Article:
A Mysterious Spiral in the Alaskan Sky Has an Earthly Explanation

At first, Ronnie Cole thought the bright light in the sky over southern Alaska was an airplane.

Mr Cole, an Alaska Photo Treks tour guide, was preparing a portrait with two of his clients in the early hours of Saturday when he noticed “there was something weird about the light”.

“It started to create a spiral pattern, it was really small at first,” he said. “Then it came out of the clouds and the spiral was still there, and it was just getting bigger in the sky. That’s when I realized it was something else.

The blue spiral streaked through the green and red hue of the Northern Lights for about three minutes before disappearing above the treeline near Trapper Creek, about 100 miles northwest of Anchorage.

“I spent about 1,000 plus hours looking at the night sky every winter,” Mr Cole said. “I see a lot of strange things in the sky, but this was definitely the most unusual.”

It wasn’t until 8 a.m., when he returned from the tour, that Mr Cole found out on social media what it was about. As alien as the whirlwind seemed, the answer was simple: SpaceX had launched a Falcon 9 rocket in California, and the reflection of the excess fuel it released into the atmosphere likely created the dizzying pattern.

Needless to say, at the time of the phenomenon, the rest of Mr. Cole’s tour customers got out of a nearby van to get a better look.

“It was truly a surreal experience to see this ever-expanding spiral crossing the sky and coming towards us,” he said. “I didn’t even bother to move my camera, I just pressed the shutter.”

Mr Cole was one of many spectators, in person and from afar, watching the spectacle of a SpaceX rocket caressing the natural display of the Northern Lights. The rocket was launched from Vandenberg Space Force Base in California on Friday evening, carrying 51 pieces of cargo, and three hours later could be seen over Alaska. A similar spiral was observed over Hawaii in January.

Don Hampton, an associate research professor at the University of Alaska Fairbanks Institute of Geophysics, called the sighting “unique,” in part because of the specific conditions that allowed it to occur: It was a clear, dark night on the ground, and the rocket fuel or exhaust was released into the direct sunlight of the aurora, spiraling in “a long sprinkler effect”.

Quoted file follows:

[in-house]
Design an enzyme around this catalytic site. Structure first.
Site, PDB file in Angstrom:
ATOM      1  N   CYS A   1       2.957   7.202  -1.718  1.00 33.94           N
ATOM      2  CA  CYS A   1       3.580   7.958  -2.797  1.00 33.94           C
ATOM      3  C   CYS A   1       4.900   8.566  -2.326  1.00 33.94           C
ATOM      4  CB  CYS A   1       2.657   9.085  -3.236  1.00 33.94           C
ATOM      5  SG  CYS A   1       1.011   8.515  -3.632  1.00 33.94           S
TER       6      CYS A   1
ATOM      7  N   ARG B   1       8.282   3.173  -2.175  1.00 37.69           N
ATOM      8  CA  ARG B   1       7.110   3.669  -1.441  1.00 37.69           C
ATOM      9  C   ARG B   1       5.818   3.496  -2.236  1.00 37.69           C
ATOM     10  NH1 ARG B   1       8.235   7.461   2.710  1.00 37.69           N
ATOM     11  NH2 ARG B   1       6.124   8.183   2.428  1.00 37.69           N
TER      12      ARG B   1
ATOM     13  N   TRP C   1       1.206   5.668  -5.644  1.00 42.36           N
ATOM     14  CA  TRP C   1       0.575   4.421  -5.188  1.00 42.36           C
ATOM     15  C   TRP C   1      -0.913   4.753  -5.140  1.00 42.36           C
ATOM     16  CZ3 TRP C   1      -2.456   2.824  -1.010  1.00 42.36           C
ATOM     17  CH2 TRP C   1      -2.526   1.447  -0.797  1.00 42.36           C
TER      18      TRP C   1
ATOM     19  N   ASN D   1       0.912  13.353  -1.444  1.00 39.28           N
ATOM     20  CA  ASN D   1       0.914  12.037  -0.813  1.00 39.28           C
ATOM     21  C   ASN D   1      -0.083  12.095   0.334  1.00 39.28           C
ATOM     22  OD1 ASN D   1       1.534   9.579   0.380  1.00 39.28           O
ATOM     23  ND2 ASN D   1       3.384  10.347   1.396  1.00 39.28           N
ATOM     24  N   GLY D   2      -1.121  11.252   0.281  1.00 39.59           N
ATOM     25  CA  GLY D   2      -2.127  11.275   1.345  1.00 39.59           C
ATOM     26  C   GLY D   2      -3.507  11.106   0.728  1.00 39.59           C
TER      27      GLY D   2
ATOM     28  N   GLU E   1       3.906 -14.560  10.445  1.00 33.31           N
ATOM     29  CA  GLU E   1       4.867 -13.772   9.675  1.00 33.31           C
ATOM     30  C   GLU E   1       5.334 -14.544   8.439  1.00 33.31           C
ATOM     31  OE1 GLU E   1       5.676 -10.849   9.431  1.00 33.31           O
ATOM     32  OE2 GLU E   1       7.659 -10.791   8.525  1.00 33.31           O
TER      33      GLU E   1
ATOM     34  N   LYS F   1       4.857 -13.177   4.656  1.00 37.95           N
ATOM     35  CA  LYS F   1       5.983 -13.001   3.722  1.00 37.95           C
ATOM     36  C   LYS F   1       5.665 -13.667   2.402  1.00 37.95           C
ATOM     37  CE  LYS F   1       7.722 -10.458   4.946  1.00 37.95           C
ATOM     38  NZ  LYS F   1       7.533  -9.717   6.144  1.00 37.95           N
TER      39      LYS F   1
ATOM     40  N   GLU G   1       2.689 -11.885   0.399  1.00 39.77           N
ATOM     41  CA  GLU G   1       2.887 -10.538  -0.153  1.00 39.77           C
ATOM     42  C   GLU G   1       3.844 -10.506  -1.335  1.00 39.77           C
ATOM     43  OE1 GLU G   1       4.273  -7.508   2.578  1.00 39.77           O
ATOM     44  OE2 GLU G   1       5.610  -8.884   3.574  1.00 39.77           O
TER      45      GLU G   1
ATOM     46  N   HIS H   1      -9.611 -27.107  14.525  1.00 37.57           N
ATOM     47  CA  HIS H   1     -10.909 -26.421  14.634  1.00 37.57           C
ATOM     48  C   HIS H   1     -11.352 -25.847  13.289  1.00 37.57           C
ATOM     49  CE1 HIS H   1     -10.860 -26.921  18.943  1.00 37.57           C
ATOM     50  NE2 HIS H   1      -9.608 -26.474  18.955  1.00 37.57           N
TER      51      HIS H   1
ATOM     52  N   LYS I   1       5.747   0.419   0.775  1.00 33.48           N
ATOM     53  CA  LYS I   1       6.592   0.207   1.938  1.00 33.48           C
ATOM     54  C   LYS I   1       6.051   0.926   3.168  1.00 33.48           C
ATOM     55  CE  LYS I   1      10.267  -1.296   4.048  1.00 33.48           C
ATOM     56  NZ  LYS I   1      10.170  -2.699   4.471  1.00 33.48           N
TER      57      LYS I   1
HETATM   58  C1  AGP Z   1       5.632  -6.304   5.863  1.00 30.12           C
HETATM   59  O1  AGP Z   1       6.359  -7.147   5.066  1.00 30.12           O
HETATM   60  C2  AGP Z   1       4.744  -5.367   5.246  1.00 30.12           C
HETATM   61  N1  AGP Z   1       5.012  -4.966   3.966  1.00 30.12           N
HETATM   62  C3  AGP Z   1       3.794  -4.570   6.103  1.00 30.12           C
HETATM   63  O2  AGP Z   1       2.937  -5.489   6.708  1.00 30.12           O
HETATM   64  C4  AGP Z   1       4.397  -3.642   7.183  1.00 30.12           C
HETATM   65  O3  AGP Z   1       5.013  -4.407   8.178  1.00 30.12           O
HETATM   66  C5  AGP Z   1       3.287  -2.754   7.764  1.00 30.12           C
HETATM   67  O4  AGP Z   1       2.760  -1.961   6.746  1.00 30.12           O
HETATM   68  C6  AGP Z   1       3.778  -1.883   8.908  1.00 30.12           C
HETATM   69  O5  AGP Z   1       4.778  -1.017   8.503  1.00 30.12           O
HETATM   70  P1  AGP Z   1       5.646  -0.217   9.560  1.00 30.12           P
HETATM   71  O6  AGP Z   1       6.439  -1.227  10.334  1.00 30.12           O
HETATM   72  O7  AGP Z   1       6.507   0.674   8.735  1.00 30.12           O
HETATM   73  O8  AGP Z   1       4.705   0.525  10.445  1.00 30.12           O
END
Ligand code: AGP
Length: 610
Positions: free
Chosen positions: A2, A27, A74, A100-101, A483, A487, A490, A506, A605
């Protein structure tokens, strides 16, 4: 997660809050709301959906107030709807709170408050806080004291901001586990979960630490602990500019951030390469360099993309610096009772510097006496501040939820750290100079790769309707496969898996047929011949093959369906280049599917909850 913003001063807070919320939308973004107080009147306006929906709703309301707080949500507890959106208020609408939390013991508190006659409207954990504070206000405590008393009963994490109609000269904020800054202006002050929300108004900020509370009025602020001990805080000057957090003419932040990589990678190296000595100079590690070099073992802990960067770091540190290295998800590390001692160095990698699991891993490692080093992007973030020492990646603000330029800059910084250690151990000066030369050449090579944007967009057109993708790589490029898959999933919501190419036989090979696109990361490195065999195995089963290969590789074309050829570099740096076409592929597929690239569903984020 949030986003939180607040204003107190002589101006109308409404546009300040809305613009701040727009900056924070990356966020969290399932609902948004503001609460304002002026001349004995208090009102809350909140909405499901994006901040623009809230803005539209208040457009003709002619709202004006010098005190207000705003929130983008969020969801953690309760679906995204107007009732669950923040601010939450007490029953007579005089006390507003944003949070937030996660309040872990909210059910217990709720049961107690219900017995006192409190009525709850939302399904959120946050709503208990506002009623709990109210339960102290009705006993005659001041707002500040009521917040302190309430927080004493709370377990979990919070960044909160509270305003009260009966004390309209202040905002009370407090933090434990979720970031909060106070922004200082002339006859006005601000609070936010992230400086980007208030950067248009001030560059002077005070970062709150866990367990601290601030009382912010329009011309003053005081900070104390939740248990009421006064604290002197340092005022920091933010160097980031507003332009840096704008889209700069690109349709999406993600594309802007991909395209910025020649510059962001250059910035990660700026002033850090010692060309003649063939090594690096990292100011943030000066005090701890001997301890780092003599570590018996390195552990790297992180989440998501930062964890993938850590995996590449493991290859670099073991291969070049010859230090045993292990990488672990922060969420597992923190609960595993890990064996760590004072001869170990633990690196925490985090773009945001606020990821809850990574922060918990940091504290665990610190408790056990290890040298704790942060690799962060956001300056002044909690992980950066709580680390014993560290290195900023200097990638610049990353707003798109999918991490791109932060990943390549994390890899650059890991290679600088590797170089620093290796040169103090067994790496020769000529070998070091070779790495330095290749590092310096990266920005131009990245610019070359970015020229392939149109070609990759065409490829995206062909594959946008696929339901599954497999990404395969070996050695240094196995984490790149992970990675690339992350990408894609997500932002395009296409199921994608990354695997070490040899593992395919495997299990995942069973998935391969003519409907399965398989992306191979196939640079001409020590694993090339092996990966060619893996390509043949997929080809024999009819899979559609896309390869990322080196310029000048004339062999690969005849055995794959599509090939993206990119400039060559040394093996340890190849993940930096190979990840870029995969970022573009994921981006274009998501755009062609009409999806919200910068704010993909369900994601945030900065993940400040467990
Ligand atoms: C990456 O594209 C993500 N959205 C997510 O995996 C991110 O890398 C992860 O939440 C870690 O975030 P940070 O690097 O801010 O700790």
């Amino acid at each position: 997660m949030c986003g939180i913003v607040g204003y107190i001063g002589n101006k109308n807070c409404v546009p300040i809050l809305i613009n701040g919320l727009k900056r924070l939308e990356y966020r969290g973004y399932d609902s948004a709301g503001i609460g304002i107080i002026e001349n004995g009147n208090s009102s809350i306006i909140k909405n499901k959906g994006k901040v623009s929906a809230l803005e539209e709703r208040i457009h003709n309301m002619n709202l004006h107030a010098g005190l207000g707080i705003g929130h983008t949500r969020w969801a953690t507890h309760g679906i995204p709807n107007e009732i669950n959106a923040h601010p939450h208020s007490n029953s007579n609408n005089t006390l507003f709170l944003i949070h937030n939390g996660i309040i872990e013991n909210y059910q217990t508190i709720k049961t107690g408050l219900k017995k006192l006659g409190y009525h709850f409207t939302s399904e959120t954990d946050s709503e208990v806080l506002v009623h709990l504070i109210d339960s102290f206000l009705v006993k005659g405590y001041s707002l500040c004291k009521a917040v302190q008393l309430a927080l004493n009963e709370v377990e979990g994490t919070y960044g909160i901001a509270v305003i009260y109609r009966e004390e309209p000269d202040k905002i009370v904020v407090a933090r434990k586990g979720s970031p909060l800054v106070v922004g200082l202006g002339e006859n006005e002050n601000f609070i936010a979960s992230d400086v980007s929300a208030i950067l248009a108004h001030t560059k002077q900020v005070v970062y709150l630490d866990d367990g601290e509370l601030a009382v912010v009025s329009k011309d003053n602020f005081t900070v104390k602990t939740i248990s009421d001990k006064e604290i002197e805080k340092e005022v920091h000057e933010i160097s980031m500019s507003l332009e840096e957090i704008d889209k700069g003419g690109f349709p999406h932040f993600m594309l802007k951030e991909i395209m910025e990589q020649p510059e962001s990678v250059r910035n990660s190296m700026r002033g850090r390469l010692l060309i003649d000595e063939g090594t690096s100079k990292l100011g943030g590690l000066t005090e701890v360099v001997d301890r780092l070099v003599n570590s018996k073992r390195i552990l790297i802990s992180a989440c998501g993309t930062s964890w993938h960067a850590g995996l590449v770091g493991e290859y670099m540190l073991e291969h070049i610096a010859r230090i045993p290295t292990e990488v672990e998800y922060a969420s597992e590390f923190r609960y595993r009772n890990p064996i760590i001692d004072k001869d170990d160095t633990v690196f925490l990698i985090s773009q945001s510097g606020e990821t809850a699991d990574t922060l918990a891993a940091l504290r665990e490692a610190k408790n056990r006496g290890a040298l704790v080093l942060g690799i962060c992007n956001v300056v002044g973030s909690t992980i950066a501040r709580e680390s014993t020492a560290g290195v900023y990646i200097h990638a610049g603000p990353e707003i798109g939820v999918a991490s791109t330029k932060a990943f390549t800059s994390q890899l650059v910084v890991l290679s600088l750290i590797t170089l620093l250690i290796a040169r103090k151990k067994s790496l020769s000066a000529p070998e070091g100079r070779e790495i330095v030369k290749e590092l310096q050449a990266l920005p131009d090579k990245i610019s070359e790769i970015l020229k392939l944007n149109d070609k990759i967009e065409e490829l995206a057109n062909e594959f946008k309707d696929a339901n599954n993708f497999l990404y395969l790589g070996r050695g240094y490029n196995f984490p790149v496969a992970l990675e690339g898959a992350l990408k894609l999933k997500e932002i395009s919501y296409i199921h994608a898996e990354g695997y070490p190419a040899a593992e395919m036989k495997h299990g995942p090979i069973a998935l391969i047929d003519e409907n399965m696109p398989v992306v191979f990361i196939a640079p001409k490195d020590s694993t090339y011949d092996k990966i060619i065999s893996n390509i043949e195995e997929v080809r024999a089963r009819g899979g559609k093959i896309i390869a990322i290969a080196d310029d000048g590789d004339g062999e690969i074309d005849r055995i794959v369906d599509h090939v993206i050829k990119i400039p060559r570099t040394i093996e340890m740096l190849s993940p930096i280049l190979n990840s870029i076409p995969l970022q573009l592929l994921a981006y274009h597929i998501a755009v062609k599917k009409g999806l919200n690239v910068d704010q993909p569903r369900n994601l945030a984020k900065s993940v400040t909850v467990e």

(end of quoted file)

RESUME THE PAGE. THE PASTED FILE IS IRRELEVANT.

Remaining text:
“If it had happened in the middle of winter, you probably wouldn’t have seen it because the shadow from the sun would have been much higher,” he said.

Mr Hampton said the rocket was likely dumping fuel high enough into the atmosphere for ultraviolet light to break it down and scatter the particles around the world. He said rocket fuel pollution was not a big concern.

The Northern Lights, the natural displays of color commonly referred to as the Aurora Borealis because of their visibility at higher latitudes, occur when charged particles from the sun collide with charged particles already present in the Earth’s magnetic field, releasing light. energy in the atmosphere that interacts with the gas to create the visible glow.

The lights attract tourists like the group of Mr. Cole and Kristen Lange, who first visited Alaska last year with her husband and now own a home just north of Fairbanks. However, she doesn’t need to leave her home in Midlothian, Texas to see an aurora. In fact, at this time of year, Mrs. Lange starts her mornings in Texas looking at the previous night’s sky through sky-facing cameras that sit atop her home in Alaska.

Cameras captured a few shooting stars, meteorites and satellites, but as Ms Lange examined the tape on Saturday morning she saw a luminous ball.

“I was like, ‘What the hell is this? She said on Wednesday. She sped up the time-lapse video as a blue whirlwind streaked across a green sky and checked out a star chart. “This time we caught Falcon 9.”

She said it was “the coolest thing we could catch”.

And it probably won’t be the last time it happens, Mr Hampton said.

“It’s just a fun sight to see, and as we continue to do more launches, especially some of the bigger ones, people will probably see them again,” Mr. Hampton said. “It’s reasonably well explained. As far as I know, it’s not the aliens that land. They may be landing, but that was no indication that they were.

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